Nestled away on its own cul-de-sac off the storied Strand in the City of Westminster, with a tight turn-around that allegedly serves as the maximum turning radius for all London cabs, beneath a silver awning adorned with green neon, is the hotel that once played host to Winston Churchill’s wartime briefings, that even served as a triage center during the Blitz.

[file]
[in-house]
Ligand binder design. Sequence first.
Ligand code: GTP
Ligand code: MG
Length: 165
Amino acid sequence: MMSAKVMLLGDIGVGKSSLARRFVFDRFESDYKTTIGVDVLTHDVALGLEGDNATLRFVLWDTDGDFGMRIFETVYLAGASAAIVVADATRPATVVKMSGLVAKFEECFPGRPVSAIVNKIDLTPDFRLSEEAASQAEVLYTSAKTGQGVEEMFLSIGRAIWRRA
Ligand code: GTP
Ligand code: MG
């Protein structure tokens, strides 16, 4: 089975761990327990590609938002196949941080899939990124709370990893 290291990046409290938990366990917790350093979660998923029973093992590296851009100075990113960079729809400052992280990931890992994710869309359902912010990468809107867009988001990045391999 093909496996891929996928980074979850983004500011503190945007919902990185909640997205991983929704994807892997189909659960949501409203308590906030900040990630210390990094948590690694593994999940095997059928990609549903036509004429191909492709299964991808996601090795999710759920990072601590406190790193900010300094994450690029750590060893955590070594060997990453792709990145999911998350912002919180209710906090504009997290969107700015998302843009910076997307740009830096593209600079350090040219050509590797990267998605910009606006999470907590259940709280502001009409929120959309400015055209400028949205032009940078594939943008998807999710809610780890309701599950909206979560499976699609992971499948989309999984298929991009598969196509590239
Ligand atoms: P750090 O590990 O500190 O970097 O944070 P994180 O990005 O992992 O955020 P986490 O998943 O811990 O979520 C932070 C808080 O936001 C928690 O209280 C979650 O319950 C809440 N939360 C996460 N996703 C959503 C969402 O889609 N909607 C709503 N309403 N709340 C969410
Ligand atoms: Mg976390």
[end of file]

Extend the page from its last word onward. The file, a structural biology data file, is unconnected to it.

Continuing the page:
It’s night, when the city is at its best. To the brassy, aggressive strains of a jazz anthem composed by Elmer Bernstein, our point of view drifts through the glorious, desperate chaos of New York at night. Men in suits, women in cocktail dresses, stumbling into and out of nightclubs, into and out of cabs. Those who want to be seen, those who want to see. Movers, shakers, power players, hustlers, hyenas. The kings and queens, the wannabes, the has-beens, the never-will-bes.